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A judgment, moreover, which is once pretty well fatisfied of the general truth of the religion, will not only thus difcriminate in its doctrines, but will poffefs fufficient ftrength to overcome the reluctance of the
imagination to admit articles of faith which are attended with difficulty of apprehenfion, if fuch articles of faith appear to be truly parts of the revelation. It was to be expected beforehand, that what related to the economy, and to the perfons, of the invisible world, which revelation profeffes to do, and which, if true, it actually does, fhould contain fome points remote from our analogies, and from the comprehenfion of a mind which hath acquired all its ideas from fenfe and from experience..
It hath been my care, in the preceding work, to preferve the feparation, between evidences and doctrines as inviolable as I could; to remove from the primary queftion all confiderations which have been unneceffarily joined with it; and to offer a defence of Chriftianity, which every Chrif tian
tian might read, without feeing the tenets in which he had been brought up attacked or decried and it always afforded a fatisfaction to my mind to obferve that this was practicable; that few or none of our many controverfies with one another affect or relate to the proofs of our religion; that the rent never defcends to the foundation.
The truth of Chriftianity depends upon its leading facts, and upon them alone. Now of these we have evidence which ought to fatisfy us, at leaft until it appear that mankind have ever been deceived by the fame. We have fome uncontested and inconteftable points, to which the hiftory of the human species hath nothing similar to offer. A Jewish peasant changed the religion of the world, and that, without force, without power, without support; without one natural fource or circumftance of attraction, influence, or fuccefs. Such a thing hath not happened in any other inftance. The companions of this perfon, after he himself had been put to death for his attempt, afferted his
his fupernatural character, founded upon his fupernatural operations; and, in teftimony of the truth of their affertions, i. e. in confequence of their own belief of that truth, and in order to communicate the knowledge of It to others, voluntarily entered upon lives of toil and hardship, and, with a full experience of their danger, committed themselves to the last extremities of perfecution. This hath not a parallel. More particularly, a very few days after this perfon had been publicly executed, and in the very city in which he was buried, thefe his companions declared with one voice that his body was reftored to life; that they had seen him, handled him, eat with him, converfed with him; and, in pursuance of their perfuafion of the truth of what they told, preached his religion, with this ftrange fact as the foundation of it, in the face of those who had killed him, who were armed with the power of the country, and neceffarily and naturally difpofed to treat his followers as they had treated himself; and having done this upon the fpot where the event took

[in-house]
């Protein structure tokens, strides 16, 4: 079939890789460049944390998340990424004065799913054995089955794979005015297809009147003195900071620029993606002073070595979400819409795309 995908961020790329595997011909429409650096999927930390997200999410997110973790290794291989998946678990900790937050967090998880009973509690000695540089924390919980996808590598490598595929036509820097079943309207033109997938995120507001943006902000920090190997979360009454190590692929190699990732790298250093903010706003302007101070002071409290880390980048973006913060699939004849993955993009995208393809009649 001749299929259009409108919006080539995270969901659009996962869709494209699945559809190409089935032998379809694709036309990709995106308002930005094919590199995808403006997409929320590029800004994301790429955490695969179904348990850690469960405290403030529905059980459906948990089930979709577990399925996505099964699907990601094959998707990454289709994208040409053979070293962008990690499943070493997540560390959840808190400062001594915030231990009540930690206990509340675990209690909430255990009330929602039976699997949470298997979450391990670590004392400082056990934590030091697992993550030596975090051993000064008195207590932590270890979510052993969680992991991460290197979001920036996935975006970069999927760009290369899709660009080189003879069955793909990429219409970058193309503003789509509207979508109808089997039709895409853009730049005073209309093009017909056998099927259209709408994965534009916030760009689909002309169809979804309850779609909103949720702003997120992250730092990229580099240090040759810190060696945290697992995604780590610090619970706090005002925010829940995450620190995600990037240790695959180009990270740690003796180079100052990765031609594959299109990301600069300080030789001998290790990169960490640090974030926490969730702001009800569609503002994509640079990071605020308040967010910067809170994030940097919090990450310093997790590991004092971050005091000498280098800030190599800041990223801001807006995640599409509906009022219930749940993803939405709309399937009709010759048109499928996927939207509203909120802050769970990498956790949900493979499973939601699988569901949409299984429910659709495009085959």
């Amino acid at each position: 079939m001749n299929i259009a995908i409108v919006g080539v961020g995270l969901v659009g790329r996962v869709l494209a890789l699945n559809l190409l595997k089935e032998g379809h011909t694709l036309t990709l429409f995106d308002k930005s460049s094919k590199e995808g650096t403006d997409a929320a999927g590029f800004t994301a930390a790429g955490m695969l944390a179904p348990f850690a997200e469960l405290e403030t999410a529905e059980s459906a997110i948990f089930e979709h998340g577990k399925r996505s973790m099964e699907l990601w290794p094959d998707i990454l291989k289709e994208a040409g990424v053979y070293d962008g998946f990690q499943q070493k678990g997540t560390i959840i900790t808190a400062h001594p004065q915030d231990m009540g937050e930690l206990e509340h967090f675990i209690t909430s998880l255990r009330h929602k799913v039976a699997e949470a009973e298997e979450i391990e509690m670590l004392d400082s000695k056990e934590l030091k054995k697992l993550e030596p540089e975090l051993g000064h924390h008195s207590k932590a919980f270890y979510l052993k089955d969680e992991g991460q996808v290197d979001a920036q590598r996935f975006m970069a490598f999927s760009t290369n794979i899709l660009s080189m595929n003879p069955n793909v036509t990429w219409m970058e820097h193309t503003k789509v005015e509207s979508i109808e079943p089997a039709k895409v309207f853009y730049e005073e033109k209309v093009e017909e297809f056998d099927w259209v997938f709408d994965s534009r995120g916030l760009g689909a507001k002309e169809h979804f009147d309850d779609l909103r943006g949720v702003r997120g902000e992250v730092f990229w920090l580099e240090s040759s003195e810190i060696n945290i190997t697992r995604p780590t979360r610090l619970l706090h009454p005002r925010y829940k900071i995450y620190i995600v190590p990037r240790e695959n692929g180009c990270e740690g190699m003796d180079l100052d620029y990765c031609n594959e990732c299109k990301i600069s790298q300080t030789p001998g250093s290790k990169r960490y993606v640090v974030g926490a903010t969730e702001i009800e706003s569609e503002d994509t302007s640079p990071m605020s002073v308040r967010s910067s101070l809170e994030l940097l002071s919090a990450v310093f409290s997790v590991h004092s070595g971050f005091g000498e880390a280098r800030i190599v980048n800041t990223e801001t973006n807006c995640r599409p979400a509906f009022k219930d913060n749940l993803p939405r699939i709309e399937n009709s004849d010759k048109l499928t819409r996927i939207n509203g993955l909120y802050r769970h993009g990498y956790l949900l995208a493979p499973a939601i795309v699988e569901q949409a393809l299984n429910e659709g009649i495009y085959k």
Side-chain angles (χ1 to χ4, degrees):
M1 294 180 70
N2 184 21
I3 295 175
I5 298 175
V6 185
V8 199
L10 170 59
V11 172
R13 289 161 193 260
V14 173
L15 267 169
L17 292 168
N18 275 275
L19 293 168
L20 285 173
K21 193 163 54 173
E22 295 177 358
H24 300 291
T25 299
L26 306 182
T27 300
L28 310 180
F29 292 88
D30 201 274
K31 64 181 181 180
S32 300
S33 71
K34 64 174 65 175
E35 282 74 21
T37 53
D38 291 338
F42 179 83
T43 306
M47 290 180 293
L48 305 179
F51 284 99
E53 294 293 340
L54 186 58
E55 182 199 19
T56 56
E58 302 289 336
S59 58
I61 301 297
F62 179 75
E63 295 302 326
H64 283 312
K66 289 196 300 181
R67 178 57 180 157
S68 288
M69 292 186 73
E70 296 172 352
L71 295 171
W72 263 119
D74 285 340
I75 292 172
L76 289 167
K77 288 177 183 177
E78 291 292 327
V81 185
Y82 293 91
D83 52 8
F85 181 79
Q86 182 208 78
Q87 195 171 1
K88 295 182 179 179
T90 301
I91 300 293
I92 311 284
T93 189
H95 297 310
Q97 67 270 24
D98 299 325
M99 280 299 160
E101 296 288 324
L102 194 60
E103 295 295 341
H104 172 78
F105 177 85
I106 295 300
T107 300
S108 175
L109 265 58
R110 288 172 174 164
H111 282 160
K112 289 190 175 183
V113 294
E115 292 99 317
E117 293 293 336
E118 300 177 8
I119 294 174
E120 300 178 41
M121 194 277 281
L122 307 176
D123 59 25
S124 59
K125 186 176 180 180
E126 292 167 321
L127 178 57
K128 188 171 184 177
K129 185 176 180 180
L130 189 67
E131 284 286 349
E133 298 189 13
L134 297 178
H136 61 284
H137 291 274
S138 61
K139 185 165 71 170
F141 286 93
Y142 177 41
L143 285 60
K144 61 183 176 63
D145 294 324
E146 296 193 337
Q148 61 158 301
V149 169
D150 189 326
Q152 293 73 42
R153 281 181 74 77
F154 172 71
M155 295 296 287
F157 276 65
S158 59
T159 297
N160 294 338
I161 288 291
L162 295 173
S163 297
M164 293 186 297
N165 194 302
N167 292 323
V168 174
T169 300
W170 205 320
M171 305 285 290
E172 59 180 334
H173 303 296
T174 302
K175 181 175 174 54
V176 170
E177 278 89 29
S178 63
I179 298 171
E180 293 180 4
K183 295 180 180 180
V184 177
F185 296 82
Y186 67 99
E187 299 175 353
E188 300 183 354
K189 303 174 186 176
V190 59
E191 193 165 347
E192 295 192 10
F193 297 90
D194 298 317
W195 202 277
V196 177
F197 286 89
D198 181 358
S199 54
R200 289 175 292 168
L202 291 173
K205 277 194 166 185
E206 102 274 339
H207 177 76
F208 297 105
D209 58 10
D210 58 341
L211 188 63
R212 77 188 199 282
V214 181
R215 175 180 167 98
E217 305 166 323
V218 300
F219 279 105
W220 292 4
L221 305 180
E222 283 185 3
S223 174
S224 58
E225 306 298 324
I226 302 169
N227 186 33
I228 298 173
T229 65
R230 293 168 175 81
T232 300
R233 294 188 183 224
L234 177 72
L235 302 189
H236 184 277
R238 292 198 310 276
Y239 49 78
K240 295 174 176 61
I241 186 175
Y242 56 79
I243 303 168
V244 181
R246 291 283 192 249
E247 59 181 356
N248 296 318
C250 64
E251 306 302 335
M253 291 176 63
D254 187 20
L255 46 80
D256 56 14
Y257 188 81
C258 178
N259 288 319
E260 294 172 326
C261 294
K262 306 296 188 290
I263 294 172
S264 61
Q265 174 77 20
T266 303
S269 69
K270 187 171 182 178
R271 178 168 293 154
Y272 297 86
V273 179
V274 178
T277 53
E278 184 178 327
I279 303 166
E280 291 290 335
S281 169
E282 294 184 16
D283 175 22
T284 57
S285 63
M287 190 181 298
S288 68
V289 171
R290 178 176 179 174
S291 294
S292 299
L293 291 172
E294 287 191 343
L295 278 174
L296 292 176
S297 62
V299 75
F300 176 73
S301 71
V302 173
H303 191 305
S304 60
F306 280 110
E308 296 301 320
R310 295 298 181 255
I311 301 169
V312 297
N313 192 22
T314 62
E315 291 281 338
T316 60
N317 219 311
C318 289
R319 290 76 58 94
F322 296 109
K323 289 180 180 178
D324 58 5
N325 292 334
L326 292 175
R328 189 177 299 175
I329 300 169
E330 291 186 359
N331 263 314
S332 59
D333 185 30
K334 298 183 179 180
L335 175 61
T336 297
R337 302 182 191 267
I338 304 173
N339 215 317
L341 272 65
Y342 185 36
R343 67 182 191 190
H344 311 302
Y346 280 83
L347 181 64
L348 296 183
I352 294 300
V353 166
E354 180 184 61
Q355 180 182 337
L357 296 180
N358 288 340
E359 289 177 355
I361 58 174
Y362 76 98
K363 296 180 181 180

place, carried the intelligence of it abroad, in despite of difficulties and oppofition, and where the nature of their errand gave them nothing to expect but derifion, infult, and outrage. This is without example. Thefse three facts, I think, are certain, and would have been nearly fo, if the Gofpels had never been written. The Chriftian story, as to these points, hath never varied. No other hath been fet up against it. Every letter, every difcourfe, every controversy, amongst the followers of the religion; every book written by them, from the age of its commencement to the prefent time, in every part of the world in which it hath been profeffed, and with every fect into which it hath been divided (and we have letters and discourses written by contemporaries, by witnesses of the tranfaction, by perfons themselves bearing a share in it, and other writings following that age in regular fucceffion), concur in representing these facts in this manner. A religion, which now poffeffes the greatest part of the civilifed world, unquestionably sprang up at Jerufalem at this time. Some account
must be given of its origin; fome cause affigned for its rife. All the accounts of this origin, all the explications of this caufe, whether taken from the writings of the early followers of the religion (in which, and in which perhaps alone, it could be expected that they should be diftinctly unfolded) or from occafional notices in other writings of that or the adjoining age, either exprefsly alledge the facts above ftated as the means by which the religion was fet up, or advert to its commencement in a manner which agrees with the fuppofition of thefe facts being true, and which teftifies their operation and effects.
These propofitions alone lay a foundation for our faith; for they prove the existence of a tranfaction, which cannot even in its most general parts be accounted for, upon any reasonable fuppofition, except that of the truth of the miffion. But the particulars, the detail of the miracles or miraculous pretences (for fuch there neceffarily must have been) upon which this unexampled tranfac